I performed my period audit of my accounts. And, to my surprise, I found the password for my rubygems was in the breach corpus. The 2nd-factor caught the save, but… the password was generated via
pwgen 12 (so it looked like
aibeaNongoo0). I think you will agree that was not guessed somehow. So, on this topic, when was the last time you opened chrome://settings/passwords/check?start=true and checked your accounts for safety? Well, read the next couple of paragraphs and then go to it.
There’s a spectrum of password strength. One the one end, some people use something guessable (a pet, a birthday), and, they re-use the password on many (all?) sites.
Next we have those who have a strong(ish) password, but reuse that across multiple sites.
And then we have the strongest password approach: every site gets its own password, and they are strongly generated. This necessitates a password manager (I use KDE Wallet, which stores in my GPG keyring).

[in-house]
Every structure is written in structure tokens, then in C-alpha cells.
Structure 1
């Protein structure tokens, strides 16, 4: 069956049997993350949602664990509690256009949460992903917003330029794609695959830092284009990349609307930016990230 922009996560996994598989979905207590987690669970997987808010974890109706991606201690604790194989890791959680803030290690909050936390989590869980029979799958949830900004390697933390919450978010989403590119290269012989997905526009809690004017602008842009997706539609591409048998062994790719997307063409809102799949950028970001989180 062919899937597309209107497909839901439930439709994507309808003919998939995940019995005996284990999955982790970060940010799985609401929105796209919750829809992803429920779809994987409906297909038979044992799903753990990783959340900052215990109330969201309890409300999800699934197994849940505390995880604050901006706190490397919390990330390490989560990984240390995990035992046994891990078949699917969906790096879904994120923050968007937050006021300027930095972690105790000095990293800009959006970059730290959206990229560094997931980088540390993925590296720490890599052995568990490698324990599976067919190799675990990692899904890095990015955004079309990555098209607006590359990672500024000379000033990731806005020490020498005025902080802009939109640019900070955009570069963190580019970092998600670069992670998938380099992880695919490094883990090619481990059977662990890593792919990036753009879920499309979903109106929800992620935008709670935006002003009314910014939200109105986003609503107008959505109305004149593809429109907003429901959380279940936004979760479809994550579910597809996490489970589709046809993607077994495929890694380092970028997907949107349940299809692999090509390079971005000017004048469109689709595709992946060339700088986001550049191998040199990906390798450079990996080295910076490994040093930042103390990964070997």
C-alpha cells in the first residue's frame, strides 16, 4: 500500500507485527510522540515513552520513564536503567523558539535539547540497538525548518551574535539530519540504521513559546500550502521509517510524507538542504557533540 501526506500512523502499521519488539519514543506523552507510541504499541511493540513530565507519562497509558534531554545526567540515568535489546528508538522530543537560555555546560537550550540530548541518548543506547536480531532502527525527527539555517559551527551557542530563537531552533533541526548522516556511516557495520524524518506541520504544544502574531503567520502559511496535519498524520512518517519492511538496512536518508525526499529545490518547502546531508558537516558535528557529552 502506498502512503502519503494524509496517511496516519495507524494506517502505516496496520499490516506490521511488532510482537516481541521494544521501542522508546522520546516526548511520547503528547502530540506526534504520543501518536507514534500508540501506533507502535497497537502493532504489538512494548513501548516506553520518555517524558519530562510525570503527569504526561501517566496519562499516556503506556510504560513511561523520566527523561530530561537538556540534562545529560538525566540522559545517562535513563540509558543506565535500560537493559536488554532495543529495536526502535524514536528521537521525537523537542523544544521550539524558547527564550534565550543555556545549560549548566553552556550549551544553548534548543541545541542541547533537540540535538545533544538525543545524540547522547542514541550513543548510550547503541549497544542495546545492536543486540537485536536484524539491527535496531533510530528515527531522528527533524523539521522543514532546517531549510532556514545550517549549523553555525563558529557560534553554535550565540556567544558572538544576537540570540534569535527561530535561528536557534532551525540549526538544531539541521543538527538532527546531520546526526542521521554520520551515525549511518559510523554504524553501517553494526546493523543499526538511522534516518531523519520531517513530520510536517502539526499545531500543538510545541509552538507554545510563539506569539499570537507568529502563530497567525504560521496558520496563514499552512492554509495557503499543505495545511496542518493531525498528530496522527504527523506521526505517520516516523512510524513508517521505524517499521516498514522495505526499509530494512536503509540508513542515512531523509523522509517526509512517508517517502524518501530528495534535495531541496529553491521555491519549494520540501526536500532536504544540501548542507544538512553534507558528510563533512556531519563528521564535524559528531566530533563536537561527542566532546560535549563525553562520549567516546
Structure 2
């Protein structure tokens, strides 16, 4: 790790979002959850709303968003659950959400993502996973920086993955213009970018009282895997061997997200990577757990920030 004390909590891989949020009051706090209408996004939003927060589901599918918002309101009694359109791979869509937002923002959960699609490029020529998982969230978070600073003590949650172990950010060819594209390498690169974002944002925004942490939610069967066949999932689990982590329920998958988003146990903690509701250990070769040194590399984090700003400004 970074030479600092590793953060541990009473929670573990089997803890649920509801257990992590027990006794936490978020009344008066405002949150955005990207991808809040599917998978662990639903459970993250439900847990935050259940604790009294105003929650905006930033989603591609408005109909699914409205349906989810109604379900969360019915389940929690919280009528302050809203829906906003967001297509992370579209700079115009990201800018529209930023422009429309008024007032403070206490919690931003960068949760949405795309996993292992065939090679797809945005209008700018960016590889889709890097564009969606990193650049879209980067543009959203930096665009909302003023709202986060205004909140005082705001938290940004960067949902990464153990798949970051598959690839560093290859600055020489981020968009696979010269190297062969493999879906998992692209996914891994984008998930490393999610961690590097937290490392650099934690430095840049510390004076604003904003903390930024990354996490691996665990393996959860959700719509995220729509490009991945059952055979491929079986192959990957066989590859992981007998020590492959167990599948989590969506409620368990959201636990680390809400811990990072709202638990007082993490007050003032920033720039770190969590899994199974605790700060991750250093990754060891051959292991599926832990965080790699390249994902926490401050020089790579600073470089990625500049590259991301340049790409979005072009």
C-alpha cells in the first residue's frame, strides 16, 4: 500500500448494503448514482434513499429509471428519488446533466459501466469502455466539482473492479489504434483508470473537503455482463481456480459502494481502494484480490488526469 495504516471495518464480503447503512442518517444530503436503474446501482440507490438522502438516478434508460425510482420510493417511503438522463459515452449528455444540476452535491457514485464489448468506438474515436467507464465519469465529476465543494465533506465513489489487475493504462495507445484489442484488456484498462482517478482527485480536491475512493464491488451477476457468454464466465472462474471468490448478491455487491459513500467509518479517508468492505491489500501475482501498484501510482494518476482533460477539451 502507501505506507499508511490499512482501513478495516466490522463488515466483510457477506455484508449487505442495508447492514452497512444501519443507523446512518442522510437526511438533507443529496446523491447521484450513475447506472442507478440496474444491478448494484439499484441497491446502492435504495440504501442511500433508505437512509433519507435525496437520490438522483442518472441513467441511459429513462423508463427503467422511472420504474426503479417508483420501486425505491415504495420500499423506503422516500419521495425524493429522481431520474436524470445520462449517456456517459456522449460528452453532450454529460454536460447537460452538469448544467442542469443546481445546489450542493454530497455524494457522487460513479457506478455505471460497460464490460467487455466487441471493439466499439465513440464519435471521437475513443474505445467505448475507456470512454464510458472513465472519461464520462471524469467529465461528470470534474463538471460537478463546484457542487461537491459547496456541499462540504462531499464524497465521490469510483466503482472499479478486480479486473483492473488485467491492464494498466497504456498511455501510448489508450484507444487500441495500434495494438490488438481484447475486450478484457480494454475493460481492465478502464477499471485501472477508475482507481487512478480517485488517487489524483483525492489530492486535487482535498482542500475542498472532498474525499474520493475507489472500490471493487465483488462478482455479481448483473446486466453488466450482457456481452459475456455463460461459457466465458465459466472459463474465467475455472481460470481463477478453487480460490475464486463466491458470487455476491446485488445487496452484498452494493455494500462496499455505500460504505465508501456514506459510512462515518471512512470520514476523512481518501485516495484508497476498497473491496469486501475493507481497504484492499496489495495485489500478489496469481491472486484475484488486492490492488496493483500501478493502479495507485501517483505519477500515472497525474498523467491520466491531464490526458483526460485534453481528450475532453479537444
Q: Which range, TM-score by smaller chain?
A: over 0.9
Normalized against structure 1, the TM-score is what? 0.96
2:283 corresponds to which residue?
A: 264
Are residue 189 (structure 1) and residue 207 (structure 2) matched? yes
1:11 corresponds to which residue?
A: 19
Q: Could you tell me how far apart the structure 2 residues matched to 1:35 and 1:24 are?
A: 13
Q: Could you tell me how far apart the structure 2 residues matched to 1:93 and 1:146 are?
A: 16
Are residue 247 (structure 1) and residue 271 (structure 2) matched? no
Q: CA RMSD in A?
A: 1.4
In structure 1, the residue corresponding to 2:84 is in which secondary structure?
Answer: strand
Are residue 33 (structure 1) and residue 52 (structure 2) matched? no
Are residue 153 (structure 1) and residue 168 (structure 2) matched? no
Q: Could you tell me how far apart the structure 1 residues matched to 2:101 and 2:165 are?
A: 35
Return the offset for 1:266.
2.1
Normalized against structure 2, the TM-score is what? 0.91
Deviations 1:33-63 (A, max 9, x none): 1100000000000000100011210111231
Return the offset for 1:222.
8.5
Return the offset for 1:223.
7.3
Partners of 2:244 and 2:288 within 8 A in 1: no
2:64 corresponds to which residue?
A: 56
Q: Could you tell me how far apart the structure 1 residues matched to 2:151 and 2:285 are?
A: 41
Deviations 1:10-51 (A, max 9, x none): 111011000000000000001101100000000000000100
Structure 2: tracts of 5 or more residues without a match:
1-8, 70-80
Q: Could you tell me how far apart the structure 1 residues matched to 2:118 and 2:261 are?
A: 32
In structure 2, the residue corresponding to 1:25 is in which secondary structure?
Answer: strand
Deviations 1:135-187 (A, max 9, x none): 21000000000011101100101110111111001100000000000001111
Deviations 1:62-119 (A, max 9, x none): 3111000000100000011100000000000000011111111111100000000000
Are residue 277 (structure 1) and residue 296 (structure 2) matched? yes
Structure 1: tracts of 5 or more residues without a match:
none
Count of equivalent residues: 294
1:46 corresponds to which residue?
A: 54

Layered on top of this is a multi-factor strategy. Interestingly, it dramatically imrpoves all three strategies. The breach of the bad password does not have your 2nd-factor code generator in it. These end up being uncorrelated risks, and the combination is very strong.
However, this is becoming very tedious. Over the years one accumulates hundreds of online accounts. Some merchants force one to buy a single product. A few forums here and there, suddenly you have two or three hundred accounts to audit. Changing the password across them is no mean feat.
So what is the solution? My very strong password was breached on a single site, saved only by the 2nd factor. Well, in my opinion, the answer is to remove the password. That’s right. Rather than make it 16 characters long, I want to go to 0. Use a single common identity provider, via OpenID Connect. Secure that appropriately (strong password + 2nd-factor). And force each and every web site I use to accept it for authentication (without sharing the password).
OK, gentle reader, now your homework. Open chrome://settings/passwords/check?start=true. Check yourself out on https://haveibeenpwned.com/. In your browser, in the saved passwords, if it flags any, fix it. That means going to the web site in question, and changing the password to a new single-use one, and enabling multi-factor authentication if available.